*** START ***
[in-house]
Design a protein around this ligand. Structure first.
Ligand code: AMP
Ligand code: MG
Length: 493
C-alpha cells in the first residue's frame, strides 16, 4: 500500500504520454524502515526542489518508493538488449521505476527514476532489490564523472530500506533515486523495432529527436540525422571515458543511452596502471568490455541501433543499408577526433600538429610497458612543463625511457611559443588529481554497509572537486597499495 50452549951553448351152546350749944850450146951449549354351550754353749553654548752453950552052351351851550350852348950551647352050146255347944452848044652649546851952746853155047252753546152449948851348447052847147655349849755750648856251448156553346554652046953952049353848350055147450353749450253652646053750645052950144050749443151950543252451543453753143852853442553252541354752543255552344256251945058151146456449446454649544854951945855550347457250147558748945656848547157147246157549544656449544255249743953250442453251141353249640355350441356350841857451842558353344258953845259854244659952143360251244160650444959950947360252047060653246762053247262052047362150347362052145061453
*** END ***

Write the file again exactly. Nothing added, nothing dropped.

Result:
[in-house]
Design a protein around this ligand. Structure first.
Ligand code: AMP
Ligand code: MG
Length: 493
C-alpha cells in the first residue's frame, strides 16, 4: 500500500504520454524502515526542489518508493538488449521505476527514476532489490564523472530500506533515486523495432529527436540525422571515458543511452596502471568490455541501433543499408577526433600538429610497458612543463625511457611559443588529481554497509572537486597499495 50452549951553448351152546350749944850450146951449549354351550754353749553654548752453950552052351351851550350852348950551647352050146255347944452848044652649546851952746853155047252753546152449948851348447052847147655349849755750648856251448156553346554652046953952049353848350055147450353749450253652646053750645052950144050749443151950543252451543453753143852853442553252541354752543255552344256251945058151146456449446454649544854951945855550347457250147558748945656848547157147246157549544656449544255249743953250442453251141353249640355350441356350841857451842558353344258953845259854244659952143360251244160650444959950947360252047060653246762053247262052047362150347362052145061453